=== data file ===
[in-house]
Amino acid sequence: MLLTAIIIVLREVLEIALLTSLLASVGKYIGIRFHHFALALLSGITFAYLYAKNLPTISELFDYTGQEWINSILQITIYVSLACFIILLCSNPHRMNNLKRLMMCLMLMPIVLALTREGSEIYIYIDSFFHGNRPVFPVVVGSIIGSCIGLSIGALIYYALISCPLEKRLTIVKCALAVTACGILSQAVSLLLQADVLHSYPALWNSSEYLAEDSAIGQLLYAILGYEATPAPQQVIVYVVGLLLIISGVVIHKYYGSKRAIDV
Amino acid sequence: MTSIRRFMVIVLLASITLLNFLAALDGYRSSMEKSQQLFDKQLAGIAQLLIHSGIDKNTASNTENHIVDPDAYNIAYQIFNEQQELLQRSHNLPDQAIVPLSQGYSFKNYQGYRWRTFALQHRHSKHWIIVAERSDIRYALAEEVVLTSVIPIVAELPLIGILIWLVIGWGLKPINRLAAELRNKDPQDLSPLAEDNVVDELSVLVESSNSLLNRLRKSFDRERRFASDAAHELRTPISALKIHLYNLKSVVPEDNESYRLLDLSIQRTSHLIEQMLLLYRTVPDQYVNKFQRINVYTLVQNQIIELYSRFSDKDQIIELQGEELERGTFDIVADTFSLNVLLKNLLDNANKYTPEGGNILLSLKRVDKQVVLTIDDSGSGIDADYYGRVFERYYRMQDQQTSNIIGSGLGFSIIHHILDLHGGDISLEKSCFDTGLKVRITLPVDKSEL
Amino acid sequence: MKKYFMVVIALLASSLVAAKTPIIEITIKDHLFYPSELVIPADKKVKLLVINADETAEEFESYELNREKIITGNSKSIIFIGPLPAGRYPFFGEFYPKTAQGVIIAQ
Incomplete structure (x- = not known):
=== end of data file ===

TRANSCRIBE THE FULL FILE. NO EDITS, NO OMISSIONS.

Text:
[in-house]
Amino acid sequence: MLLTAIIIVLREVLEIALLTSLLASVGKYIGIRFHHFALALLSGITFAYLYAKNLPTISELFDYTGQEWINSILQITIYVSLACFIILLCSNPHRMNNLKRLMMCLMLMPIVLALTREGSEIYIYIDSFFHGNRPVFPVVVGSIIGSCIGLSIGALIYYALISCPLEKRLTIVKCALAVTACGILSQAVSLLLQADVLHSYPALWNSSEYLAEDSAIGQLLYAILGYEATPAPQQVIVYVVGLLLIISGVVIHKYYGSKRAIDV
Amino acid sequence: MTSIRRFMVIVLLASITLLNFLAALDGYRSSMEKSQQLFDKQLAGIAQLLIHSGIDKNTASNTENHIVDPDAYNIAYQIFNEQQELLQRSHNLPDQAIVPLSQGYSFKNYQGYRWRTFALQHRHSKHWIIVAERSDIRYALAEEVVLTSVIPIVAELPLIGILIWLVIGWGLKPINRLAAELRNKDPQDLSPLAEDNVVDELSVLVESSNSLLNRLRKSFDRERRFASDAAHELRTPISALKIHLYNLKSVVPEDNESYRLLDLSIQRTSHLIEQMLLLYRTVPDQYVNKFQRINVYTLVQNQIIELYSRFSDKDQIIELQGEELERGTFDIVADTFSLNVLLKNLLDNANKYTPEGGNILLSLKRVDKQVVLTIDDSGSGIDADYYGRVFERYYRMQDQQTSNIIGSGLGFSIIHHILDLHGGDISLEKSCFDTGLKVRITLPVDKSEL
Amino acid sequence: MKKYFMVVIALLASSLVAAKTPIIEITIKDHLFYPSELVIPADKKVKLLVINADETAEEFESYELNREKIITGNSKSIIFIGPLPAGRYPFFGEFYPKTAQGVIIAQ
Incomplete structure (x- = not known):